There are many members who use pseudonyms for participating in discussions as well as for registering. Why does any one want to hide one's true identity? Personally, I am given to strong expressions, yet I do not want to use a pseudonym. Should this practice be permitted and continued on A N?

MADHUKAR KULKARNI.

Views: 252

Replies to This Discussion

Of course it should.  There are many places around the world where it is positively dangerous to be identified as an atheist.  If I lived even in the USA I would radically reduce my chances of getting employment should I be identifiable as such.

Not to mention some people would be executed as apostates should their real identity get found out.

 

 

"If I lived even in the USA I would radically reduce my chances of getting employment should I be identifiable as such."

This is simply terrible ! 

 Madhukar Kulkarni.

I don't know that I agree with that.  I've never hidden my non-belief and it hasn't resulted in any serious discrimination.  Its strained some personal relationships but I've never been employed by any place that promotes religion in any way.  I'm sure there are plenty of examples of discrimination but it I don't think its very common. At least not where I am!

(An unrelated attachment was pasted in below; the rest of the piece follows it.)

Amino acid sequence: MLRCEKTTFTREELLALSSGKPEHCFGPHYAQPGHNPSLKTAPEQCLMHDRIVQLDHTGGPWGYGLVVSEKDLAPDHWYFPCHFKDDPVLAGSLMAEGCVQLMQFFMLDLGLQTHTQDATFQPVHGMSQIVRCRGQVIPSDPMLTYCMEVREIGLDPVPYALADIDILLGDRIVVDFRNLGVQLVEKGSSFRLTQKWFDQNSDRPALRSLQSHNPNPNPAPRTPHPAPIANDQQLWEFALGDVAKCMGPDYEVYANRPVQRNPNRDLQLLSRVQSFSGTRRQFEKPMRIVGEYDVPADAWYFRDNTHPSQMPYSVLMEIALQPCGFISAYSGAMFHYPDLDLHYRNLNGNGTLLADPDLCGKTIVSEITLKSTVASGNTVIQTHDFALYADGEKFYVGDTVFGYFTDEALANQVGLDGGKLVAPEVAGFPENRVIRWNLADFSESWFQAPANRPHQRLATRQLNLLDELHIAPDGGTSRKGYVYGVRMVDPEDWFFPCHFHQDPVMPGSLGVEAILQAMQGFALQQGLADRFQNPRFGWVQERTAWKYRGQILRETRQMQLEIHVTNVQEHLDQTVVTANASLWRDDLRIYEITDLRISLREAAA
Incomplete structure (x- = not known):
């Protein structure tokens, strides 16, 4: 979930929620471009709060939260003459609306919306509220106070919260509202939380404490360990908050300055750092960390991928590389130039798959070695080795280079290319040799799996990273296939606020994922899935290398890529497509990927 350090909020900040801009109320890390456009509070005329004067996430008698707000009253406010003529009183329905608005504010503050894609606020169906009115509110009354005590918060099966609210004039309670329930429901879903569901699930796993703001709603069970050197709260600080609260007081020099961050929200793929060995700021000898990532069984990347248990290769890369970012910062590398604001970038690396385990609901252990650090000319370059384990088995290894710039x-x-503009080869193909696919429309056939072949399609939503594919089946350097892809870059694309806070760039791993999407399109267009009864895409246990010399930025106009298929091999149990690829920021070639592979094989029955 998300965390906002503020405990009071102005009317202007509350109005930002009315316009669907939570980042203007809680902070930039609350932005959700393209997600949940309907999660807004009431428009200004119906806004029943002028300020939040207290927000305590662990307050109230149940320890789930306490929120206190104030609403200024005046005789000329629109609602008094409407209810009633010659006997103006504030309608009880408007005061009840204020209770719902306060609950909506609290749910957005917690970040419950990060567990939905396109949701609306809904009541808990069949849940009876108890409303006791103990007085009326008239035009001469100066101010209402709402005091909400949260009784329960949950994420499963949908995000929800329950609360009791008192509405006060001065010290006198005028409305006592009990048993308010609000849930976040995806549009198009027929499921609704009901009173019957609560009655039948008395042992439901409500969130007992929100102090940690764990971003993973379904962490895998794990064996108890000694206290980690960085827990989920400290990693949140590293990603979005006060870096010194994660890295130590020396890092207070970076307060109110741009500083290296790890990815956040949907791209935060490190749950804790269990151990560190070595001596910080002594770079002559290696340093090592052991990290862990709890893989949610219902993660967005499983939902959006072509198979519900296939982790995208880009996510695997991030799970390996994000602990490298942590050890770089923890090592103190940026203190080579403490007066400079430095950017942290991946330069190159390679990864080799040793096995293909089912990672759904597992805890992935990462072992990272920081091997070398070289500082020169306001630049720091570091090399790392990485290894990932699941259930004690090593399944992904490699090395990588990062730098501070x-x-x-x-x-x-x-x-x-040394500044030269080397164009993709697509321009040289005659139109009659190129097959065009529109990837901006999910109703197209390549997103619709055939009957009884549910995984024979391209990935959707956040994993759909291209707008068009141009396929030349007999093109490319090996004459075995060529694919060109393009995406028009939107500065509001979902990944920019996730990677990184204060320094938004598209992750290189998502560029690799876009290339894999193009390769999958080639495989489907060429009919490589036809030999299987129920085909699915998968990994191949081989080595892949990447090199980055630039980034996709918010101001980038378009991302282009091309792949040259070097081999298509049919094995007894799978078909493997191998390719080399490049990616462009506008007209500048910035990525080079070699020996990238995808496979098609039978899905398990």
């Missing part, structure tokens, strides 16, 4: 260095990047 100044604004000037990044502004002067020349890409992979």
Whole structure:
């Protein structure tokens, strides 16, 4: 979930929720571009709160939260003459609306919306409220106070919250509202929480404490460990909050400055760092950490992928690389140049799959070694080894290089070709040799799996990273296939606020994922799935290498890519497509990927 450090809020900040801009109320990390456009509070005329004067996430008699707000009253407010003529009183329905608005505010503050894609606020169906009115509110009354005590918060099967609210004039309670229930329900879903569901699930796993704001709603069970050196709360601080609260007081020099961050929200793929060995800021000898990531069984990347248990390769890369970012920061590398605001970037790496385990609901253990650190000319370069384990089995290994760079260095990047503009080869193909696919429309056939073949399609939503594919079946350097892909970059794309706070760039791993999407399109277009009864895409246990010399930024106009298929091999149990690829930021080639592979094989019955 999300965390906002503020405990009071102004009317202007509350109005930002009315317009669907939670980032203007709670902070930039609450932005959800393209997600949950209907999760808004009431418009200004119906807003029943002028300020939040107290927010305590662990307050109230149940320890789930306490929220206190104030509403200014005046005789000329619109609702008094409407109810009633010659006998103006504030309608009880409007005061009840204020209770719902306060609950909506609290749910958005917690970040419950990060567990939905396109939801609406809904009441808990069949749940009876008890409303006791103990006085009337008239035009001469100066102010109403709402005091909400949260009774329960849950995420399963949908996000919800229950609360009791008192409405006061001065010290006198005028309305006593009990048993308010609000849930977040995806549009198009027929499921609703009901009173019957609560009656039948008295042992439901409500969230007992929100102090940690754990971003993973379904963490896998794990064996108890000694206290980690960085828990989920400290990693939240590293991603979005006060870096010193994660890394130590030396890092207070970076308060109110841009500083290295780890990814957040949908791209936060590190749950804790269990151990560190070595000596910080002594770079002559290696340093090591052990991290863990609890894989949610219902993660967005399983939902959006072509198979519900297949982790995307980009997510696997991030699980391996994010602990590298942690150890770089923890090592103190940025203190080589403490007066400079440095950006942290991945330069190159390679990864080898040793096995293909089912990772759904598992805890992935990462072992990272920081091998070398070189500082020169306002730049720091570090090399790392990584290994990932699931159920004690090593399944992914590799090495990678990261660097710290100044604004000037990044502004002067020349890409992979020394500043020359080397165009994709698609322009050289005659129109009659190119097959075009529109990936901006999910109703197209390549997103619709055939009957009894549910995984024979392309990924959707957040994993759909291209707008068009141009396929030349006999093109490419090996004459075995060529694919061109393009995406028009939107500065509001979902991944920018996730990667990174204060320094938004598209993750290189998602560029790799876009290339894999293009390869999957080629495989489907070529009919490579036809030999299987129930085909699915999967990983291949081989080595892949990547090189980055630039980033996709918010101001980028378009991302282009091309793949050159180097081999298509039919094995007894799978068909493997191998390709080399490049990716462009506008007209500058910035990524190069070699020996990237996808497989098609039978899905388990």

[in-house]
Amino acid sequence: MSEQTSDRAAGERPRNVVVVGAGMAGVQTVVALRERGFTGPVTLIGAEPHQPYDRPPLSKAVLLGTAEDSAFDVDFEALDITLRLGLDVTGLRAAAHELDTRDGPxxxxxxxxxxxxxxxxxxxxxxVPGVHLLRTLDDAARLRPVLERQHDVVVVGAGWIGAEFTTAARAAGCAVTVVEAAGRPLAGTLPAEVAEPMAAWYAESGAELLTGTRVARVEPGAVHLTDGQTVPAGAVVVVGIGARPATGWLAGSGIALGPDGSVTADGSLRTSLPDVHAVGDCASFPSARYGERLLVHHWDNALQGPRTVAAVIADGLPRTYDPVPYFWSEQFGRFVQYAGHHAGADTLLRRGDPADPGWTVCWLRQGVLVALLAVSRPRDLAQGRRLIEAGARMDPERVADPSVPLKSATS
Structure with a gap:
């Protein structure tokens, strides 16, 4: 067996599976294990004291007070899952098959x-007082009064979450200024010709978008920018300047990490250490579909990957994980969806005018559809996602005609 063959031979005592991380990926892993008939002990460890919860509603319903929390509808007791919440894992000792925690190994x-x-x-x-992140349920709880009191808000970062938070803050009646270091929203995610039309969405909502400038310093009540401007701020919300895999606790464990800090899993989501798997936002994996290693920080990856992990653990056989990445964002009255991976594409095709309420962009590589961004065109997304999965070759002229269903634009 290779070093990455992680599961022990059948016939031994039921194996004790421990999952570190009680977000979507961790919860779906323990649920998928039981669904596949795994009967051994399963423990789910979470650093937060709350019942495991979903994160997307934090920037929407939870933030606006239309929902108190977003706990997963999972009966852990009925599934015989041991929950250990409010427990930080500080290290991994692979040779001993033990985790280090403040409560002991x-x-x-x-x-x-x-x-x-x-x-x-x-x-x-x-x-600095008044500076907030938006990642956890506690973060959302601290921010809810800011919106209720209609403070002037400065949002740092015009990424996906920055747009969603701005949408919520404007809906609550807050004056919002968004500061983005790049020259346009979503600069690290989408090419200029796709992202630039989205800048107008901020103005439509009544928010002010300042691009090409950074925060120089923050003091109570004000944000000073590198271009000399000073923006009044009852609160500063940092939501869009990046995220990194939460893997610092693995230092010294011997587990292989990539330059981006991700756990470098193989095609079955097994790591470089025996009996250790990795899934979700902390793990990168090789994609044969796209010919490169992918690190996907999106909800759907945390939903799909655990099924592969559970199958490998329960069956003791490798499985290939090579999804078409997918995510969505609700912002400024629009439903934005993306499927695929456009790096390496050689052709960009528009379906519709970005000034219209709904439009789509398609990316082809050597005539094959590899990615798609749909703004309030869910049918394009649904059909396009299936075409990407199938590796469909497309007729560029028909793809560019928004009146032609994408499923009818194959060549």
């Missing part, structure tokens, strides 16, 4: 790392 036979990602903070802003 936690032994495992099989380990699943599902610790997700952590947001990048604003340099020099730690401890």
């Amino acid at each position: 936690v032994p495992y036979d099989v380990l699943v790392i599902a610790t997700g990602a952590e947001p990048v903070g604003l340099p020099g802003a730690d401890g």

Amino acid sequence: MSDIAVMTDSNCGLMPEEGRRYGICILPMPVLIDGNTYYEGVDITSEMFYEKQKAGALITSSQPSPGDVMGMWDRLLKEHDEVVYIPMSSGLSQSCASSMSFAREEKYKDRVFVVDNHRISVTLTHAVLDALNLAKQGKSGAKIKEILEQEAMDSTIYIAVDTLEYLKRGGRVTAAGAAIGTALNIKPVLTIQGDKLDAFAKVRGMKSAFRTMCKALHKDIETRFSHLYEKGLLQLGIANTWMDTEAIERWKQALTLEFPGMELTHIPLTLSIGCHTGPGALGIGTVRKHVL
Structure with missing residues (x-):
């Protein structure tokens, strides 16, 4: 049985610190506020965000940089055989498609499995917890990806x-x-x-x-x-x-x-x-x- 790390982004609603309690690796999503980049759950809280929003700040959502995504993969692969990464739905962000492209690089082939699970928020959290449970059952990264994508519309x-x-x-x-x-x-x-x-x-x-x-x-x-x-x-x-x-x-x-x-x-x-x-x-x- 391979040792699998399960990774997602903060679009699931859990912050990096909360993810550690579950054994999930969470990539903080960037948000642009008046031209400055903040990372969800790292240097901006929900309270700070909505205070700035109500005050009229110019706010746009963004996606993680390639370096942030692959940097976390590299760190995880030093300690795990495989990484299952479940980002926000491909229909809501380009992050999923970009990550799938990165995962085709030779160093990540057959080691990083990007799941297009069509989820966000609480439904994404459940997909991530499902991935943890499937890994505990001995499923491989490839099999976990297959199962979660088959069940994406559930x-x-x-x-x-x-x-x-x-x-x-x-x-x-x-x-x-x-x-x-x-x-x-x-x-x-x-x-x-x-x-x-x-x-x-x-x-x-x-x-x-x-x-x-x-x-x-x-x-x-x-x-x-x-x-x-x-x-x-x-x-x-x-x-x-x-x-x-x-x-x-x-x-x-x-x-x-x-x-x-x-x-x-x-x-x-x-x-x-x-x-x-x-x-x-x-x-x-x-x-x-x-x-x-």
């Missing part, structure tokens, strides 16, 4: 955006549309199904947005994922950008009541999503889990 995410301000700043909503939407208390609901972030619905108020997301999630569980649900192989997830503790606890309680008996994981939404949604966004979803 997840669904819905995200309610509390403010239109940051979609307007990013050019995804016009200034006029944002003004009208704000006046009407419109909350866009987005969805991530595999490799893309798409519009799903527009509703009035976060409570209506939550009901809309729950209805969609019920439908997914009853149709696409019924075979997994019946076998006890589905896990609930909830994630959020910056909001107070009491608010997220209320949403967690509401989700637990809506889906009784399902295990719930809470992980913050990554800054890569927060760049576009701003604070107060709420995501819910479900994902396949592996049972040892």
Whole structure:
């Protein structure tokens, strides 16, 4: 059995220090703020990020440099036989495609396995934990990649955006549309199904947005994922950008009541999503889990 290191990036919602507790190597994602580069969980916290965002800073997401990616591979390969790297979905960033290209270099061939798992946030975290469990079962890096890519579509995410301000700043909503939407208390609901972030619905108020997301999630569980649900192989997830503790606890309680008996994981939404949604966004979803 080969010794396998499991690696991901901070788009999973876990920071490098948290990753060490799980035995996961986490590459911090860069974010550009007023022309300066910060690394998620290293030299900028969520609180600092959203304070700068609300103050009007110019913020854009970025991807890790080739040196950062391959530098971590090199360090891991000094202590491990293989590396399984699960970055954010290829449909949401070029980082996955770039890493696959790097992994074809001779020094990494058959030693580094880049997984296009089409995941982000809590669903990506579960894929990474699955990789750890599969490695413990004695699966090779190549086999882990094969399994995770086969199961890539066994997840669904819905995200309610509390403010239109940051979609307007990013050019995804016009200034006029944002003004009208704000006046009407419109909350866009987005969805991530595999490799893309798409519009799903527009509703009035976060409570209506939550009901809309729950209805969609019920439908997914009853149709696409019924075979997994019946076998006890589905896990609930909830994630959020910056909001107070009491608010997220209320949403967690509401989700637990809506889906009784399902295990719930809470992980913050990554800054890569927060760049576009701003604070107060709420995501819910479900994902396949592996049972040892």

Well yeah. You're in the north. Head south a few hundred miles and try that.

Even in the south though, most nationwide companies won't cause you any grief. You can run into small companies run by religious fanatics who will fire you for being an atheist, though.

The following is from wikipedia.

 

F.M. Esfandiary changed his name to FM-2030 for two main reasons. Firstly, to reflect the hope and belief that he would live to celebrate his 100th birthday in 2030; secondly, and more importantly, to break free of the widespread practice of naming conventions that he saw as rooted in a collectivist mentality, and existing only as a relic of humankind's tribalistic past. He viewed traditional names as almost always stamping a label ofcollective identity—varying from gender to nationality—on the individual, thereby existing as prima facie elements of thought processes in the human cultural fabric, that tended to degenerate into stereotyping, factionalism, and discrimination. In his own words, "Conventional names define a person's past: ancestry, ethnicity, nationality, religion. I am not who I was ten years ago and certainly not who I will be in twenty years.

 

 

"In his own words, "Conventional names define a person's past: ancestry, ethnicity, nationality, religion. I am not who I was ten years ago and certainly not who I will be in twenty"  

 This is very interesting, but then everyone of us must adopt a new name as soon as we find some change in us!

MADHUKAR KULKARNI.

Or you could adopt a pseudonym for a while, and discard it when it no longer fits. :)

In a science-fiction book I read (can't remember the name or by whom) each person chose a name based on honoring a hero, and then appended the adult names of the father and the mother. I sort of like that idea. I could be Anwar (homage to Anwar Sadat) Samuel Ruth. Then you would know nothing about my heritage, and nothing about me, except that I think Anwar Sadat was a hero.